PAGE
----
Or.…. it may not be.

The silly season takes over

For a whole month before Christmas, you’ve been building excitement – presents, annual leave, brandy, food – and everyone around you has been encouraging this avalanche of good will. This build-up has fostered feelings of joy, anticipation of good things to come, and a sense of momentum that things are moving towards an exciting climax. It is no wonder that you, like the rest of us (with the exception of only a few grinches), have been caught up in the surreal bauble of the silly season.

The celebration climax

Humans are pack animals that love a good distraction, and we thrive on group excitement. We regularly engage in activities that create a sense of group positivity and regrowth (think community rallies, charity events, birthday parties). The biggest of these distractions could well be argued as New Year’s Eve, a celebration when most of us compare ourselves to others and resolve to be nicer, healthier, happier and set ourselves yearly goals.

Return to normality

So now, you’ve returned from time away from work. Maybe you were lucky enough to have taken annual leave for a few weeks, or you may have just taken the public holidays*. You’re thinking back to the heady days of the past fortnight, your resolve to make positive changes in your life, and of the limitless possibilities that you could harness if you weren’t at your current job.

This is when you ponder: IS IT TIME FOR ME TO FIND A NEW PATH?

Here are my essential questions for the potential post-holiday career changer:

1. How long have you been contemplating a career change?

Has your need for change been on the rise for some time or have you had an epiphany during the holiday break that you need to ‘get out’?

Snap decisions are called that for a very good reason: they are decisions made with the snap of the fingers, on the spot, and often without serious consideration. Don’t get me wrong, snap decisions and impulsive actions certainly have their place (clothes shopping, change to hair colour, where to eat lunch) but I would typically recommend against a major career change based SOLELY on a snap decision. Sit on your snap decision for a week or two – take that time do some research and ask yourself the other big questions. If at the end of that time you still want to make the change, then it will be an educated choice rather than a snap decision.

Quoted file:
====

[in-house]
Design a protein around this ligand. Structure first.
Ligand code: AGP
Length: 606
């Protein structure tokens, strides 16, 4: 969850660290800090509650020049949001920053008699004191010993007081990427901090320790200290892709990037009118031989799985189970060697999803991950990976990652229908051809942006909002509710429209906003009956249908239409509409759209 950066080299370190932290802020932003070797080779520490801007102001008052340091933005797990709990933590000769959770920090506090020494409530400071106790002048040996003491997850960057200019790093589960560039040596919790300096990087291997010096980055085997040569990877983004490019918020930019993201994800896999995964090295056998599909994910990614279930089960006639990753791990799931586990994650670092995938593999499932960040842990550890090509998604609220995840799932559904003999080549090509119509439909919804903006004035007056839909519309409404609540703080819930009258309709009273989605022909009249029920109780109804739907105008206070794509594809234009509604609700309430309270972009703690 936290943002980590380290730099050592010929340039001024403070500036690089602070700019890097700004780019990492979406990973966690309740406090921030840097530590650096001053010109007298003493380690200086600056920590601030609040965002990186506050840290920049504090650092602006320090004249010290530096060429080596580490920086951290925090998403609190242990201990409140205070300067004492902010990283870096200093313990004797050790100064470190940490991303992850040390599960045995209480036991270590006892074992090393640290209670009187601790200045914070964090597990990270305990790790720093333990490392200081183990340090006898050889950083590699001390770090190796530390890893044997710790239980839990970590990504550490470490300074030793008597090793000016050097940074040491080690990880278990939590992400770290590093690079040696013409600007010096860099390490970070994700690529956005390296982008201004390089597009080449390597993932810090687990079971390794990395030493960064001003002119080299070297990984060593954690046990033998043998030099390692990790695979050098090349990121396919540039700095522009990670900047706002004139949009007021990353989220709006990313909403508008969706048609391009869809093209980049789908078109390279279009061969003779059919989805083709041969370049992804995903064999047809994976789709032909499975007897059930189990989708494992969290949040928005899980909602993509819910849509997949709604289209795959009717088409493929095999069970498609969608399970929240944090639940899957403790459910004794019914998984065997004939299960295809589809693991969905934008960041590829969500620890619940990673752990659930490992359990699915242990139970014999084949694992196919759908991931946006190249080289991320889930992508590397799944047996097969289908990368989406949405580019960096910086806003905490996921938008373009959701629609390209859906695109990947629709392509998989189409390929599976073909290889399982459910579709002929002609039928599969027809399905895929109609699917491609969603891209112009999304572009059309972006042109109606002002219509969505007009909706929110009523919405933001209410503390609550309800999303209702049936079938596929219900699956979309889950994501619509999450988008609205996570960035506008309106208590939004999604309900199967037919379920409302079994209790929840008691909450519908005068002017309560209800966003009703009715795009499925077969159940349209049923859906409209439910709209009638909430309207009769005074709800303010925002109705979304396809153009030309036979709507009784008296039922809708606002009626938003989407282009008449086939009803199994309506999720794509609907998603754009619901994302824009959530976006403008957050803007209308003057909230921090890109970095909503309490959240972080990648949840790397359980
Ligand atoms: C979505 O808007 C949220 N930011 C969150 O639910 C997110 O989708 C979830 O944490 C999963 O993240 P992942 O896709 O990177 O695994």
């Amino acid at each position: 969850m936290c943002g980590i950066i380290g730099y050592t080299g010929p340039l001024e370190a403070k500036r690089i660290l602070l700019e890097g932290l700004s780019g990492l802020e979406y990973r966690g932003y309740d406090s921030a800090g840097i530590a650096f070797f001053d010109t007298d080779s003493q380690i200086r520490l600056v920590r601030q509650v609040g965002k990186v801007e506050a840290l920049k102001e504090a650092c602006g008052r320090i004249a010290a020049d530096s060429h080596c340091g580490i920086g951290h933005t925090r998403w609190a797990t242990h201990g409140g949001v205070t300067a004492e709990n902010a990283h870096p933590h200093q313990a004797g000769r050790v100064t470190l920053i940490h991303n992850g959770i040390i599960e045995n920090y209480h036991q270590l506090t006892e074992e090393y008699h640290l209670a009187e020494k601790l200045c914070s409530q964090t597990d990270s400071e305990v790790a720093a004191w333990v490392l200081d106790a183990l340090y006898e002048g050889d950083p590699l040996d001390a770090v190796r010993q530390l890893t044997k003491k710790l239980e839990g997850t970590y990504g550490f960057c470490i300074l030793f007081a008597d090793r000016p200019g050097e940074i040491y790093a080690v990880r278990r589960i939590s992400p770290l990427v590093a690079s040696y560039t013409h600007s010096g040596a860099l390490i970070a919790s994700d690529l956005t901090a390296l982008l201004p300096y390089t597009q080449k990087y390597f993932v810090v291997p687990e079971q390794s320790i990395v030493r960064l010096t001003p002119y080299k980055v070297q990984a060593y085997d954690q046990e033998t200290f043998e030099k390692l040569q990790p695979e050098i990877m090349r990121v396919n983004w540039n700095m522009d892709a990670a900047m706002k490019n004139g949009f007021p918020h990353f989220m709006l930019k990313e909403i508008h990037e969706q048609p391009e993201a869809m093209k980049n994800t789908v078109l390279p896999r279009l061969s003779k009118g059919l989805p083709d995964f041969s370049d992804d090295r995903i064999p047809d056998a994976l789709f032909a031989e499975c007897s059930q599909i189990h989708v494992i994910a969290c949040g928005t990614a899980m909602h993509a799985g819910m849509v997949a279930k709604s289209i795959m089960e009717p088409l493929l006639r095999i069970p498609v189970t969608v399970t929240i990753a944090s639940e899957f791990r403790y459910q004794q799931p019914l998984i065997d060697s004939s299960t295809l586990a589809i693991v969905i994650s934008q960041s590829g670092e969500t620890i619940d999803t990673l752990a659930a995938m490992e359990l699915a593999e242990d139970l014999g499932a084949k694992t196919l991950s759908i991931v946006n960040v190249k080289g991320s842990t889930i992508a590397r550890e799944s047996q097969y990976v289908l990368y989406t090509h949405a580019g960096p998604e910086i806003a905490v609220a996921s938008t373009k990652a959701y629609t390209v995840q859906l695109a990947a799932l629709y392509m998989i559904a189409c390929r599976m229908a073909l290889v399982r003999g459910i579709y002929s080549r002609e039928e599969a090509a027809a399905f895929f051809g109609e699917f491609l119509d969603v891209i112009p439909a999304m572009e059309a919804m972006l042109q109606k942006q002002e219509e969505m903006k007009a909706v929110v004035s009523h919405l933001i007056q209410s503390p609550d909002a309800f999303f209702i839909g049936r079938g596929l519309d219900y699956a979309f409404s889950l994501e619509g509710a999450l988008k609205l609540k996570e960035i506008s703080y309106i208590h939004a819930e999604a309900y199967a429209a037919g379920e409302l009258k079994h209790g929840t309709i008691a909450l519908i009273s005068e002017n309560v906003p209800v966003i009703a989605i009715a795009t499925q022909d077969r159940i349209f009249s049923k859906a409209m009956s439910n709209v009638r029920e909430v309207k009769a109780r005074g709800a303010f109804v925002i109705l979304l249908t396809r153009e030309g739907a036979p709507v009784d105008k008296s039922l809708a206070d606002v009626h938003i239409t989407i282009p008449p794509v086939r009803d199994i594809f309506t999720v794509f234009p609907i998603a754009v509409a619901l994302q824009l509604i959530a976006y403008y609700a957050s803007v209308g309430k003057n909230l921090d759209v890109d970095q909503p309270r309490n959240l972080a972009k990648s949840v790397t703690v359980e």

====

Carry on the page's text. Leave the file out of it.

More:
“You’re thinking back to the heady days of the past fortnight, your resolve to make positive changes in your life, and of the limitless possibilities that you could harness if you weren’t at your current job. This is when you ponder: IS IT TIME FOR ME TO FIND A NEW PATH?”

 2. Why do you want to change careers?

There are an infinite number of reasons that we seek a career change. Some may be practical and easy to identify, like the desire for higher pay, more flexible work hours, moving to a career that is more / less physically demanding etc. Other factors may be more difficult to encapsulate and are often associated with ‘feelings’ or described in terms such as a desire to reach your potential, needing to be challenged, or ‘finding your calling’.

There is no right or wrong reason to change your career direction; however, it pays to be mindful of what your reasons are. One of the dangers for those who regularly change career paths is that they are perhaps doing so without recognising what their motivators are, and are destined to continue this pattern of behaviour without following the pathway that truly suits them.

3. Is it a career change that you’re craving, or will a slighter change do the trick?

Similar to the recommendation to avoid making a snap decision, I would always suggest considering whether you are actually seeking a changed pathway at all.

It may sound simple, but oftentimes people are seeking a change to their regular work pattern without necessarily needing a career change as such. Examples of ‘change without a career change’ include sideways transfer or promotion within your current employer, change of employer, or secondment. Another option (more readily available in larger employers) may be taking a period of leave in which you are able to trial a new job, often called ‘career break’ leave.

Now … Follow your gut (in a sensible manner)

Deciding to make a career change (or undertake a ‘change without a career change’) can be exciting, rewarding, daunting and overwhelming all at once. Your responses to the key questions above will help to guide your new pathway, and identify whether you are really ready for a big change or simply feeling a bit lacklustre post-festive season.

If you have decided that a change is for you, obviously there are a number of practical areas to research to determine training needed, labour market needs, rates of pay etc. Not to mention the BIG one….what career do I actually want to enter?

Looking for some guidance? Consulting a professional career development practitioner is a sure-fire way of setting yourself up for success, and they will be able to provide advice across all areas. To find someone in your area, head to Career Development Association of Australia.

*unless of course you are an emergency or health worker, or similar and were not lucky enough to have any time off, in which case I thank you for your service.

Have you had a career change? We would love to hear about your experience in the comments below or contact us to share your story.

Featured photo credit: Pixabay

Lauren Maxwell is a Rehabilitation Counsellor and Career Development Consultant, with close to 15 years of experience across the two fields. She is the founder of Headstrong Women, a specialist women’s career development service, and thrives on innovation and creativity to empower women to reach their potential.